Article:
The video assistant referee (VAR) is “certainly not damaging” football, says Fifa president Gianni Infantino.
In a poll for BBC Sport, only a third of fans across the UK said they believed VAR had made football better.
Liverpool captain Jordan Henderson and Aston Villa midfielder Jack Grealish have both called for VAR to be scrapped after recent controversial decisions.
“We have to remember VAR was introduced for the first time two years ago, not 20 years ago,” said Infantino.
“VAR is helping football, it’s certainly not damaging football.”
World governing body Fifa took full control of VAR from the sport’s lawmakers, the International Football Association Board (Ifab), in July.
After extensive trials, VAR was written into the laws of the game by Ifab in 2018 and was used at that year’s World Cup in Russia.
The Premier League introduced the technology for the 2019-20 season.
“We must not make a confusion between VAR and maybe sometimes wrong decisions which are taken because of the wrong way in which VAR is used, maybe in some places because of the lack of experience of those who are using VAR,” added Infantino.
“Let’s not forget this really is a landmark change for a referee who didn’t grow up with VAR.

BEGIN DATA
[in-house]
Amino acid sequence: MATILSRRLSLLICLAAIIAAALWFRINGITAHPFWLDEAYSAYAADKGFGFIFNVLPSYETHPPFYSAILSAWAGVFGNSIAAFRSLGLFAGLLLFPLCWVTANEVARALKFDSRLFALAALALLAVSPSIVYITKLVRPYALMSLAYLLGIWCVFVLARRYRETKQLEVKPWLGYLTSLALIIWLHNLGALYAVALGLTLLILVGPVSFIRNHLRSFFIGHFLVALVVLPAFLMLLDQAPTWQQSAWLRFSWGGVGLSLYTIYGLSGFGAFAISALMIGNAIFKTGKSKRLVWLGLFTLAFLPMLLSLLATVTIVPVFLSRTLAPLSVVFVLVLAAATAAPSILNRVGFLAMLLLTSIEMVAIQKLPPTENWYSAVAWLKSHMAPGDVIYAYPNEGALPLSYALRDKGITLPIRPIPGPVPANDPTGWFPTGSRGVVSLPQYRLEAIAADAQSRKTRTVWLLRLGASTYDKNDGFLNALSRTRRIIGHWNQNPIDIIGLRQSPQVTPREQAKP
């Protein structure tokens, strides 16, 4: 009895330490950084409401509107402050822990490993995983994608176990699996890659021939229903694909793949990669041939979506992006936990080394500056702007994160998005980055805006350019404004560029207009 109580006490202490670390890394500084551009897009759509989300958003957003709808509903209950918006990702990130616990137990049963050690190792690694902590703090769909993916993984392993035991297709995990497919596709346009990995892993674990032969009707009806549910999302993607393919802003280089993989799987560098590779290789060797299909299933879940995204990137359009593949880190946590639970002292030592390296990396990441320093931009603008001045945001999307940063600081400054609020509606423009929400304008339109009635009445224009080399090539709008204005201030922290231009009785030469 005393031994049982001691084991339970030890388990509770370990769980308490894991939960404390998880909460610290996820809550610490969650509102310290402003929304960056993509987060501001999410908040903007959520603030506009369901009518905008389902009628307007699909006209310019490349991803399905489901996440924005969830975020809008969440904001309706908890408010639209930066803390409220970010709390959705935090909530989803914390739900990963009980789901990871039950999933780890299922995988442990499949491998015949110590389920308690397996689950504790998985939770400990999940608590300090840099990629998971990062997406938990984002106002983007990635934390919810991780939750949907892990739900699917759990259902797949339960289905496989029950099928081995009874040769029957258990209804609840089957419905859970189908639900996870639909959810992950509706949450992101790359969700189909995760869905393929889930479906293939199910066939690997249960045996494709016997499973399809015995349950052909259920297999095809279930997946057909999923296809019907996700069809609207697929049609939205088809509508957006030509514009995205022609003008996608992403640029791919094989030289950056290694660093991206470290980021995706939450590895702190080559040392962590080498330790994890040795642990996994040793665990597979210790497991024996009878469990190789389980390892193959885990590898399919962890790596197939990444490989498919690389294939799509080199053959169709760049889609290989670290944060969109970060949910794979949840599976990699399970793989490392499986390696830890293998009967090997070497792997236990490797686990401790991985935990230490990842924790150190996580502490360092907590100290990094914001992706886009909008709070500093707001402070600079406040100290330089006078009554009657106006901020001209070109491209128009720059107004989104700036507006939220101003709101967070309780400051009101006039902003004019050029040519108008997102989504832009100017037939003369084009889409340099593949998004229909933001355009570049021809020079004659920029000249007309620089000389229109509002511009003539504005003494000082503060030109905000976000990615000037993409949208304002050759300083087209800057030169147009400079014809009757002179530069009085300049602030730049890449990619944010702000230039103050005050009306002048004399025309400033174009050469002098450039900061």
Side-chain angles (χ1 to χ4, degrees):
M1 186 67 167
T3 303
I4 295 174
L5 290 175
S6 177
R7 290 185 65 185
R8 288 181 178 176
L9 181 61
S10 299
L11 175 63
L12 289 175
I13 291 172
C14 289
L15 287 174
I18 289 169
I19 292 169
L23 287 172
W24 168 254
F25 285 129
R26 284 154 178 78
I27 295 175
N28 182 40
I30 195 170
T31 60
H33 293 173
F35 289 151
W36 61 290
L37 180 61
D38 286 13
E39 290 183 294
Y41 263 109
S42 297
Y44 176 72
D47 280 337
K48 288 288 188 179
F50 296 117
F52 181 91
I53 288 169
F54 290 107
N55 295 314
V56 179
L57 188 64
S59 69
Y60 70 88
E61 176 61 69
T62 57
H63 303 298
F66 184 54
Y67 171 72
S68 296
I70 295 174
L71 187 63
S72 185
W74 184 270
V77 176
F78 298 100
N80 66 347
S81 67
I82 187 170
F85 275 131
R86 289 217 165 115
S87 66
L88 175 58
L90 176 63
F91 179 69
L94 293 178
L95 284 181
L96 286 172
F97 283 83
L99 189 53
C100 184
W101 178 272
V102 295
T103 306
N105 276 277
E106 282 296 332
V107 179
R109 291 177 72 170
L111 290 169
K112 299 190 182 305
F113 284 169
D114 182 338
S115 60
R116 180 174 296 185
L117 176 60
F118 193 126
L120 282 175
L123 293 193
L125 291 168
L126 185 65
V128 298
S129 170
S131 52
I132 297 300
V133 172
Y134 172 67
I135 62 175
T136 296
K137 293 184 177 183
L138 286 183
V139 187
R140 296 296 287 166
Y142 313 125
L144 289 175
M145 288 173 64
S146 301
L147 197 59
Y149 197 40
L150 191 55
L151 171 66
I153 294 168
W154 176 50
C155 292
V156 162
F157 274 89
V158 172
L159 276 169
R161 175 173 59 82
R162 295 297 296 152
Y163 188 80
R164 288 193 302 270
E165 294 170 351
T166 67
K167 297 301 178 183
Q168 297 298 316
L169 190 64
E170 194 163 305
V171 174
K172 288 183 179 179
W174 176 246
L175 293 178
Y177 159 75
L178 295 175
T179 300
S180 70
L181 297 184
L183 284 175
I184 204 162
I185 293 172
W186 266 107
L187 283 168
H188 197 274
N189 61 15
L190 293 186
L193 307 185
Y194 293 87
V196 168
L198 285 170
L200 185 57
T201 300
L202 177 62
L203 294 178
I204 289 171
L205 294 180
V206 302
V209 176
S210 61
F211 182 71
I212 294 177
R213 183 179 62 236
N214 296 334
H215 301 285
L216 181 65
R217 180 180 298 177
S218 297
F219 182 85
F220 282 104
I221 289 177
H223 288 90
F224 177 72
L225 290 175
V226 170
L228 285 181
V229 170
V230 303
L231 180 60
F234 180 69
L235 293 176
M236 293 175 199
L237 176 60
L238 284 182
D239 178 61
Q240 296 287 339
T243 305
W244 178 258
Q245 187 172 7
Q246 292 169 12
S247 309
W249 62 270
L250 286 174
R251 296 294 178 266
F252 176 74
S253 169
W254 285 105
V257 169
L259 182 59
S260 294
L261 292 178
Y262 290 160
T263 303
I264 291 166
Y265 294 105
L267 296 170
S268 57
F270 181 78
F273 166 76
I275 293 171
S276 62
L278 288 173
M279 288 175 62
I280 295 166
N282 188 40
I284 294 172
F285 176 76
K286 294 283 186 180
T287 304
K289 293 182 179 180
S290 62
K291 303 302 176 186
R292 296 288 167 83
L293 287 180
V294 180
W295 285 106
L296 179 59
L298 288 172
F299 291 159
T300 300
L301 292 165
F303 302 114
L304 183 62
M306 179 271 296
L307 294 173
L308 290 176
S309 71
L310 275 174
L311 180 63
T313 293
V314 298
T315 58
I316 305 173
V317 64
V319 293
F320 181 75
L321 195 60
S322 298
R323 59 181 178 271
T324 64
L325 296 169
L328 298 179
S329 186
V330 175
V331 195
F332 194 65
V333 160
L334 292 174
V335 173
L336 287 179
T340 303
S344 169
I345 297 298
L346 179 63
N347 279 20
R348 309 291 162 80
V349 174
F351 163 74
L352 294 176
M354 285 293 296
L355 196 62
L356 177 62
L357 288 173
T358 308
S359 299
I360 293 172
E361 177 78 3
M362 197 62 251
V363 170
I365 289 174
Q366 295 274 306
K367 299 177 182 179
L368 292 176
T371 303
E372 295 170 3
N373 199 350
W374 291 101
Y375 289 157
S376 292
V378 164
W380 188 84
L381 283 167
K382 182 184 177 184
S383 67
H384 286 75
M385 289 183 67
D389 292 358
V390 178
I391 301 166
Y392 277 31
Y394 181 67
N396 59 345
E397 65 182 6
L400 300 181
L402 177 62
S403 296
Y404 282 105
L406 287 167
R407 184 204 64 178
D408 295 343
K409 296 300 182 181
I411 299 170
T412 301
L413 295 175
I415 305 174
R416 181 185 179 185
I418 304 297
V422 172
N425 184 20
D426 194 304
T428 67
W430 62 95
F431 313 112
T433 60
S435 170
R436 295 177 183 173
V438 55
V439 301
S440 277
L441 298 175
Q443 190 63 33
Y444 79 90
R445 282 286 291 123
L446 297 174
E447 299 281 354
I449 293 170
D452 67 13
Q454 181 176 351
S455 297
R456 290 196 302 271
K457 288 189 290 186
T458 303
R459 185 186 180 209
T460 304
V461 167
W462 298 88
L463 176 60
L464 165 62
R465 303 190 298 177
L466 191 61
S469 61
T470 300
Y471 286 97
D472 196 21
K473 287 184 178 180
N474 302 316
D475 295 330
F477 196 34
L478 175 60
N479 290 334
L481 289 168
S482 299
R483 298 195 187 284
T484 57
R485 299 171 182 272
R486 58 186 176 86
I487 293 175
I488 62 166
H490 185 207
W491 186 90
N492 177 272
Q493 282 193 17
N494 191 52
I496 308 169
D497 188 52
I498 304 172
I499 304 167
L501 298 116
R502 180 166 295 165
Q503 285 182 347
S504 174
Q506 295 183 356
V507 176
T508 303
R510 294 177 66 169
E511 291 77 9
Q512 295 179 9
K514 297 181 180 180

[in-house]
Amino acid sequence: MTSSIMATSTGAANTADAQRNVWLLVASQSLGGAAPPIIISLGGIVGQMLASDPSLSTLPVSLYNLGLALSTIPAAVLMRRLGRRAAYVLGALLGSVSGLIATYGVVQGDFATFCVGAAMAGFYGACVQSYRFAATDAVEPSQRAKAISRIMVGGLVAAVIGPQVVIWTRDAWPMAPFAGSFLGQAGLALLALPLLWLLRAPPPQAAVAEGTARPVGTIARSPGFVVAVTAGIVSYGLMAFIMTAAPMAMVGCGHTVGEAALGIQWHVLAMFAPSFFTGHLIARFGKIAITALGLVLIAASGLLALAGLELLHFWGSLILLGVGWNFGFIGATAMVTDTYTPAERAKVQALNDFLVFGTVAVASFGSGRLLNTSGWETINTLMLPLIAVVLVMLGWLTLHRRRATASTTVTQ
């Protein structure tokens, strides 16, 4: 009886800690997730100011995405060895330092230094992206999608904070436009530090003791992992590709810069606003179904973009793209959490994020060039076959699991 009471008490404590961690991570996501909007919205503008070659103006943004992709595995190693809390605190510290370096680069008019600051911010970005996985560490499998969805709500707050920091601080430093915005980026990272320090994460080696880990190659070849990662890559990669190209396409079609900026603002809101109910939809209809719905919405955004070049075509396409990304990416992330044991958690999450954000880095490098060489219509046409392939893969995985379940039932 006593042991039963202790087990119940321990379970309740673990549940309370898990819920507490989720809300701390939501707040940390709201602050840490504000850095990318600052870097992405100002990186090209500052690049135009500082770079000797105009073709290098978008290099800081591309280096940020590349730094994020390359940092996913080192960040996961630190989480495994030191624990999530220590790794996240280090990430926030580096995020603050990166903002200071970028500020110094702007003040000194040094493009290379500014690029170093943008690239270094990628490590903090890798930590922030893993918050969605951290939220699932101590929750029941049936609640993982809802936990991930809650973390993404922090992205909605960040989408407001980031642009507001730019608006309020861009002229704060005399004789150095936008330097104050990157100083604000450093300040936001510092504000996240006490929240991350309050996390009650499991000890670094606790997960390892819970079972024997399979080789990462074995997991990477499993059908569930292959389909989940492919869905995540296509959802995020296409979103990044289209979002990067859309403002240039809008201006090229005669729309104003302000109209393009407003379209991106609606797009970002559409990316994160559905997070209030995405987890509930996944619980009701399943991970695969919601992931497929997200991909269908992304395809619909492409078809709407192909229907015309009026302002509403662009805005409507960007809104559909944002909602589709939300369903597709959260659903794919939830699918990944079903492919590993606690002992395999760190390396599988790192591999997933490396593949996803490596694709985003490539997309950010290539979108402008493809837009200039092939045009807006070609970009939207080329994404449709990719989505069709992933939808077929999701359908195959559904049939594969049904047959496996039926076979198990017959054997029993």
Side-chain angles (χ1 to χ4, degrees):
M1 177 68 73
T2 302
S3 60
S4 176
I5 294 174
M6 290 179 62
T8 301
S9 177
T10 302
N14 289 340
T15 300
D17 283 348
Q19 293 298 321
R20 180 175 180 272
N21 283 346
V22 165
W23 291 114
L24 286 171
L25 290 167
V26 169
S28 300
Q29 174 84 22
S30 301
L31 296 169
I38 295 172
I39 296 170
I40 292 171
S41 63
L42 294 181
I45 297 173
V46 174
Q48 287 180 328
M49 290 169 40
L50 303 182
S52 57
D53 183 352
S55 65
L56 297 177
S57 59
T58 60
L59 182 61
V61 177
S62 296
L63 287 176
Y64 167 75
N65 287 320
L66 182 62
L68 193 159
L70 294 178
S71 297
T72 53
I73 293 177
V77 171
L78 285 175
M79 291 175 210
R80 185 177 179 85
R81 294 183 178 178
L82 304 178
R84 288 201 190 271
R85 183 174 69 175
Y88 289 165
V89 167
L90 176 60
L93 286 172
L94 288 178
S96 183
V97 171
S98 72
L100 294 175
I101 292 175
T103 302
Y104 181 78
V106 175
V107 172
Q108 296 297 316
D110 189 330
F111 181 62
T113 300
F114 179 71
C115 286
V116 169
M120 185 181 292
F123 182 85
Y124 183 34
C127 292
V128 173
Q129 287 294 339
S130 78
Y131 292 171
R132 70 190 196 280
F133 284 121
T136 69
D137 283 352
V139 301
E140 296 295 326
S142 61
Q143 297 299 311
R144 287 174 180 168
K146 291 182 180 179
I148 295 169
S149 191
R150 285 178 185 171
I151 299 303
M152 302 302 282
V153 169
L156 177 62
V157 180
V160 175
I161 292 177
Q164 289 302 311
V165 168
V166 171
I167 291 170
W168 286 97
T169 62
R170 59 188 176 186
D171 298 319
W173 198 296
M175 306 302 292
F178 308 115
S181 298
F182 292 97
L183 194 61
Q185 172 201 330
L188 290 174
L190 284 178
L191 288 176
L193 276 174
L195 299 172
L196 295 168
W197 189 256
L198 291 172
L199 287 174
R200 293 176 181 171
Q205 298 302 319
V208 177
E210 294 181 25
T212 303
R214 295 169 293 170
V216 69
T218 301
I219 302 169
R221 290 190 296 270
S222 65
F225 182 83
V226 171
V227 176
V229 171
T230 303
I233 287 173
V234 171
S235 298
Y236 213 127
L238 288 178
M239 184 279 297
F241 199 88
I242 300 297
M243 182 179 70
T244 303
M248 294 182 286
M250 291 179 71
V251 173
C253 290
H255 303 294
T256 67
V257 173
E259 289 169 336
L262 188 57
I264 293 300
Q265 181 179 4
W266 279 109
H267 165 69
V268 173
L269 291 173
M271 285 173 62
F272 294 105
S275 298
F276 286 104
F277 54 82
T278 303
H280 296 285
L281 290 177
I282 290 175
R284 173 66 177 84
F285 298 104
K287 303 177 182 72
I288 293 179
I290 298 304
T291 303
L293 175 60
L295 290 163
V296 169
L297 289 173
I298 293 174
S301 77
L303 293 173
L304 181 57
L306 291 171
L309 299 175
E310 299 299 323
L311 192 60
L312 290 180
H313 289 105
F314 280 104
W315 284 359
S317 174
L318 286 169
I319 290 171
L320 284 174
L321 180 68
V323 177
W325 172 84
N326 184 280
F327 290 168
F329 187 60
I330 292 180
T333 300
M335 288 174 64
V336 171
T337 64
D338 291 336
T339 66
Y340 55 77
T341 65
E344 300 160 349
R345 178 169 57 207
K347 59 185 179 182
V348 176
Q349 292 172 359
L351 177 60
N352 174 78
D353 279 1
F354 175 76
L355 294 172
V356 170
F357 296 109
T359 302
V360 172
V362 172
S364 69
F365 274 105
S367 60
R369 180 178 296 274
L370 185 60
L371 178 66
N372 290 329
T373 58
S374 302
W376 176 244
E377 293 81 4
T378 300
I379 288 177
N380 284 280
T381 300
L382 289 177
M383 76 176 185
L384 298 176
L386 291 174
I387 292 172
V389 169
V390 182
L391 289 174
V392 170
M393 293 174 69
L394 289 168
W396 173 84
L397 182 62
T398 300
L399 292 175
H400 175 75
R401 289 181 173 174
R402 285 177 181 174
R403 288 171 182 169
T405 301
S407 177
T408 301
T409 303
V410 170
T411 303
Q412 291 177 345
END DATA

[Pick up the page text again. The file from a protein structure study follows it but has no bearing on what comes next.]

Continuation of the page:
“We have to take the pulse of what is happening out there, to take the criticism and analyse them.”
The BBC Sport poll of 2,100 football fans, carried out by Savanta ComRes, shows that while 30% of fans think it has improved the game, 44% of fans actually think it has made football worse.
While most fans are now given the option of seeing VAR decisions on screen – whether in the stadium or watching on TV – almost half of fans said they believe the introduction of VAR has made football less exciting.
Since Fifa took control of VAR, there has been an increase in referees using pitch-side monitors to review goal, red card and penalty decisions.
VAR continues to rule on factual decisions and advise on matters of subjectivity.
“VAR is not an obligation, it’s there to help,” said Infantino. “Those who don’t want to use it, they are not obliged to use it.
“It helped referees in the World Cup, it helps referees in many competitions and players and coaches agree.”